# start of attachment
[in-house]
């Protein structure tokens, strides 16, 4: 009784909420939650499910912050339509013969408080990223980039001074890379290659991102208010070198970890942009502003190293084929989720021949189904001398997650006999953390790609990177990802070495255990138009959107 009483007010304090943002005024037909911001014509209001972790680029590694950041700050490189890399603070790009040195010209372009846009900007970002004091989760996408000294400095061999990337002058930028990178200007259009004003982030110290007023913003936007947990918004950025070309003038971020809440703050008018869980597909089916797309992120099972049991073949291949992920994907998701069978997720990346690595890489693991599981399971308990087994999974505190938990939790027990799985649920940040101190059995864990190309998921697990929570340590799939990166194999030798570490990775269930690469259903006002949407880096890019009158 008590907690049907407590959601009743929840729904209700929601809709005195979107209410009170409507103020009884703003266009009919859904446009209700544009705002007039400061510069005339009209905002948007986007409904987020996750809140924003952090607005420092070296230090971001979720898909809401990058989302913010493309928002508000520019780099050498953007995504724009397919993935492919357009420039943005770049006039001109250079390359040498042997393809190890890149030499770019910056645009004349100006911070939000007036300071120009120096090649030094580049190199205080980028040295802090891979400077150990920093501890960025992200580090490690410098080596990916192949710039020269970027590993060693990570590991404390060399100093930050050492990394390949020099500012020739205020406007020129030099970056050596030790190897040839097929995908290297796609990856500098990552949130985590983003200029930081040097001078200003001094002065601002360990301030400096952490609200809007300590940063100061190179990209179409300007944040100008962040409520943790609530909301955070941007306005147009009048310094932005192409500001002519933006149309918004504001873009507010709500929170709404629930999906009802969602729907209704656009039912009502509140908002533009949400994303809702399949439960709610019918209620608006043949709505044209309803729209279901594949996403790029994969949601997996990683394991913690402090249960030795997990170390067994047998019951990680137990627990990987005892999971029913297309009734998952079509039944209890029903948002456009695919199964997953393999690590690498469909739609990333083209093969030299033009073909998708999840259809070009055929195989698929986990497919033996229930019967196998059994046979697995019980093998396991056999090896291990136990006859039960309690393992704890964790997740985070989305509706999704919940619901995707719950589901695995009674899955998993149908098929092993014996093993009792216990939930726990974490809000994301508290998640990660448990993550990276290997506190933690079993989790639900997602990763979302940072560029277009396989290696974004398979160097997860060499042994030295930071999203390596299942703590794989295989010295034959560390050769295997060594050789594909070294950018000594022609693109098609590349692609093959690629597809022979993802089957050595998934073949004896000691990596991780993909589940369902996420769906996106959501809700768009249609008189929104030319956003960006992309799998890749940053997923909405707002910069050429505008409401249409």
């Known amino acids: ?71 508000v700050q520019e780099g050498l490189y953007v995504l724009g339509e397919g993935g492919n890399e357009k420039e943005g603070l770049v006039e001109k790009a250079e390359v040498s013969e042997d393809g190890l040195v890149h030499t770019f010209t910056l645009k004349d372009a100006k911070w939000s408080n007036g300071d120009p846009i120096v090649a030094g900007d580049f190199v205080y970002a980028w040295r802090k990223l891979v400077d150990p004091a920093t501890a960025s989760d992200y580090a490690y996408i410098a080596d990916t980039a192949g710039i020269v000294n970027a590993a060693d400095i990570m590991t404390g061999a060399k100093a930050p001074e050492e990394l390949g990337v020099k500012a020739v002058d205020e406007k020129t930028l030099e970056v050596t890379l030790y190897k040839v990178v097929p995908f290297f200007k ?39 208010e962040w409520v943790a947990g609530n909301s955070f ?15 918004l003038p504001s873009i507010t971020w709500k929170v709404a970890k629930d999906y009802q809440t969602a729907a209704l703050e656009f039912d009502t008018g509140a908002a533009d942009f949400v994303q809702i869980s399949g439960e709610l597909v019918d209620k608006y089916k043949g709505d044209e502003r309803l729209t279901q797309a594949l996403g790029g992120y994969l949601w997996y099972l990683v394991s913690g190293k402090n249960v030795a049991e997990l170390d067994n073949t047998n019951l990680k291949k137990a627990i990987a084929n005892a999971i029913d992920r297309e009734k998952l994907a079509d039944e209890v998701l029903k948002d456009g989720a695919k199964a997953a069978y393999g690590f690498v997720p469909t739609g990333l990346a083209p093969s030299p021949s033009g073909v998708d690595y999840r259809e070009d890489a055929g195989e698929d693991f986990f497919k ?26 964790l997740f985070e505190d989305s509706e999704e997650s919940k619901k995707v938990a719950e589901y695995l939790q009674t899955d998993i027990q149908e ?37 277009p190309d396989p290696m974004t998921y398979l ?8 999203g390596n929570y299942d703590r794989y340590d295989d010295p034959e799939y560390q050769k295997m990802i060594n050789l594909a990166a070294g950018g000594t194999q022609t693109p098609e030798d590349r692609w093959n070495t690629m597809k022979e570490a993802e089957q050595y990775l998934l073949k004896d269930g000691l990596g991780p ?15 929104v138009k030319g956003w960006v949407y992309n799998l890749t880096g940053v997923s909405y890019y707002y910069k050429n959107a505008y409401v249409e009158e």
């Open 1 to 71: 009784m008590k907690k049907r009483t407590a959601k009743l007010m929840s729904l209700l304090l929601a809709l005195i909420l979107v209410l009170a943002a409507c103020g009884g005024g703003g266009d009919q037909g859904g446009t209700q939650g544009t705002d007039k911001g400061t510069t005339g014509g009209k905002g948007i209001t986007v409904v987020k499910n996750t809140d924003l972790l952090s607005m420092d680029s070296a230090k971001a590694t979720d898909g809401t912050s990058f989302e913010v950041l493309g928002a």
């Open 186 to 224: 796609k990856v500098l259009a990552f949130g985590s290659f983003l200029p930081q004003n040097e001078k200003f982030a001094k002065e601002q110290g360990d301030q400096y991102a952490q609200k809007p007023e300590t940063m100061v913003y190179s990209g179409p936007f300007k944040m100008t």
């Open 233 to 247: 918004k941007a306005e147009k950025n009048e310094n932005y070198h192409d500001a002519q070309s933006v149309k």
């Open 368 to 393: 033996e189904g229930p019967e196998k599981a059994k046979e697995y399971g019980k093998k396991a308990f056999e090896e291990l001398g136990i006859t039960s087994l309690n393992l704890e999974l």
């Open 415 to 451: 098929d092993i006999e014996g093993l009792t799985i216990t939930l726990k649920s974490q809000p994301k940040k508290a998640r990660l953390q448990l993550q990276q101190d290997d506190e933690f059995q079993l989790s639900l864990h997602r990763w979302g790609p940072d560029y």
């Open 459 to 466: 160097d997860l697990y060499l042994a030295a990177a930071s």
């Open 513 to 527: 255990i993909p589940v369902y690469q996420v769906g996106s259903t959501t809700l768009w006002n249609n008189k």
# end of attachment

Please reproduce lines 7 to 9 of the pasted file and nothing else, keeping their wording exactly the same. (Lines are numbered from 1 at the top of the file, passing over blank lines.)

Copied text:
């Open 368 to 393: 033996e189904g229930p019967e196998k599981a059994k046979e697995y399971g019980k093998k396991a308990f056999e090896e291990l001398g136990i006859t039960s087994l309690n393992l704890e999974l």
């Open 415 to 451: 098929d092993i006999e014996g093993l009792t799985i216990t939930l726990k649920s974490q809000p994301k940040k508290a998640r990660l953390q448990l993550q990276q101190d290997d506190e933690f059995q079993l989790s639900l864990h997602r990763w979302g790609p940072d560029y």
């Open 459 to 466: 160097d997860l697990y060499l042994a030295a990177a930071s």